The college game was undoubtedly better and deeper in the past than it is now, which is not to say that the great college teams from previous eras could have beaten the worst NBA teams. Think about it this way: it has been three decades since the best college players in the U.S.--not the best team, but the best players taken from all of the top teams--could win an Olympic gold medal. The pro game, whether overseas or in the NBA, is simply a level above the college game. Both sports should be appreciated on their own merits but no matter how good a college team looks against other college teams and/or how bad a pro team looks against other pro teams there is a clear separation between the pro ranks and the amateur ranks.

Charley Rosen put it well over a decade ago in response to a reader's question about the pro game versus the college game: "The NBA game has a huge advantage in player talent, offensive and defensive prowess, coaching, officiating and the overall quality of performance in every aspect but one. The only advantage the college game enjoys is the consistent enthusiasm of its players. And this is true only because some veteran NBA players on basement-dwelling teams will take an occasional game off late in the season. The worst NBA team would trounce the NCAA champs by upwards of 30 points."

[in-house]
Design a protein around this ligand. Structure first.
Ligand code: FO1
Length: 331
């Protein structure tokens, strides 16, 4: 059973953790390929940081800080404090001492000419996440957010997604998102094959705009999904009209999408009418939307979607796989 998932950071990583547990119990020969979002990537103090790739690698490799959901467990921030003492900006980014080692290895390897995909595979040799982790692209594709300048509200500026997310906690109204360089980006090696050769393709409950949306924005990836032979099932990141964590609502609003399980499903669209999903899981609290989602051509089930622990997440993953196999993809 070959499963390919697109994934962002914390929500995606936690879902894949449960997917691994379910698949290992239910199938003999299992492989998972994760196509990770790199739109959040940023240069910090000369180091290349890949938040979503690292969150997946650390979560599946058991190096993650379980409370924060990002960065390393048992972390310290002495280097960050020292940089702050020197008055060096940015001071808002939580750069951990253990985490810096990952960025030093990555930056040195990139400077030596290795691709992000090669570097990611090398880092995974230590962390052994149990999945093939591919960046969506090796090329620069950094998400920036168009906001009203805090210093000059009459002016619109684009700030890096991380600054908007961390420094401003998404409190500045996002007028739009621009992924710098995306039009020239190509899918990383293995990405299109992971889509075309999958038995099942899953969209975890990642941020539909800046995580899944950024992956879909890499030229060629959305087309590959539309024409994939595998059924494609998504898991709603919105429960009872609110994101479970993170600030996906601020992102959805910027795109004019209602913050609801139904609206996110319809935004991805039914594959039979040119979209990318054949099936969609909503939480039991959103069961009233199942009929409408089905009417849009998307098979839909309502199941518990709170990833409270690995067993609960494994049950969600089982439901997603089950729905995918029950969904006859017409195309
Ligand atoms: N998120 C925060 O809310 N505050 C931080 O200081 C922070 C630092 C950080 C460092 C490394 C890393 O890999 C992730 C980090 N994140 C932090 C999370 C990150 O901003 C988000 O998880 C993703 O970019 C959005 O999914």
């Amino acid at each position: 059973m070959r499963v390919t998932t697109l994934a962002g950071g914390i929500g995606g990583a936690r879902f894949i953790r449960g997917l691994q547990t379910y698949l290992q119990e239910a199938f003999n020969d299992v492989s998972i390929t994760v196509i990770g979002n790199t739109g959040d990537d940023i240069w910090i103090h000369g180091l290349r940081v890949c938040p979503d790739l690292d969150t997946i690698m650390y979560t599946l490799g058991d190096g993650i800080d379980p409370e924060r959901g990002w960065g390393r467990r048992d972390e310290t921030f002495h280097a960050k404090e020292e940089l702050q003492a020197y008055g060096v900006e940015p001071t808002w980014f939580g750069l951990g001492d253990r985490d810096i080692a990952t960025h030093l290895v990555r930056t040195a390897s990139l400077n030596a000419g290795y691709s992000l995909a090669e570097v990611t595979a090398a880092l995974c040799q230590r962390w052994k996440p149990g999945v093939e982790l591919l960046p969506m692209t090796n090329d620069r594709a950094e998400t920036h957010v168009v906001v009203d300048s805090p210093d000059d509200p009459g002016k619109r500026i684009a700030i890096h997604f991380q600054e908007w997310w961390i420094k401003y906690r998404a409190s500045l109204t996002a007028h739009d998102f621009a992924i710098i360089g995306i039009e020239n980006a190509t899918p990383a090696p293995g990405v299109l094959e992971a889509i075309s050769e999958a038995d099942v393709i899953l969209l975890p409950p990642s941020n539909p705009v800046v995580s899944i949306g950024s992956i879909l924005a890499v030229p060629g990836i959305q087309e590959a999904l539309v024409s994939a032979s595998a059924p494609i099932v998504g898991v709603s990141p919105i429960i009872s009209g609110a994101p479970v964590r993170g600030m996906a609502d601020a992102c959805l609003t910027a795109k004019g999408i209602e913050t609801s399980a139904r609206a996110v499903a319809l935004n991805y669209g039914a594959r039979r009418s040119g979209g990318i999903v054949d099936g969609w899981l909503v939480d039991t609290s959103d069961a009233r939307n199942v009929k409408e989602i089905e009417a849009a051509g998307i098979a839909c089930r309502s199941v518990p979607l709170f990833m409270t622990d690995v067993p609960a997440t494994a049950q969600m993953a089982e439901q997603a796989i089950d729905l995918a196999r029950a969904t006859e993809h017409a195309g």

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posted by David Friedman @ 3:06 AM


Vince Carter Joins the 25,000 Point Club

On Wednesday night, Vince Carter scored on a slam dunk as the game ended. That used to be a routine play for Carter but this particular dunk was anything but routine, as those two points enabled Carter to become the 26th player in ABA/NBA history to amass at least 25,000 career points. The club "officially" only has 22 members, as the NBA still stubbornly refuses to acknowledge the ABA statistics of Julius Erving (30,026 points; eighth all-time), Moses Malone (29,580 points; ninth all-time), Dan Issel (27,482 points, 11th all-time) and Rick Barry (25,279; tied for 23rd all-time). Carter scored 14 points as his Atlanta Hawks lost 124-108 to Carter's first NBA team, the Toronto Raptors.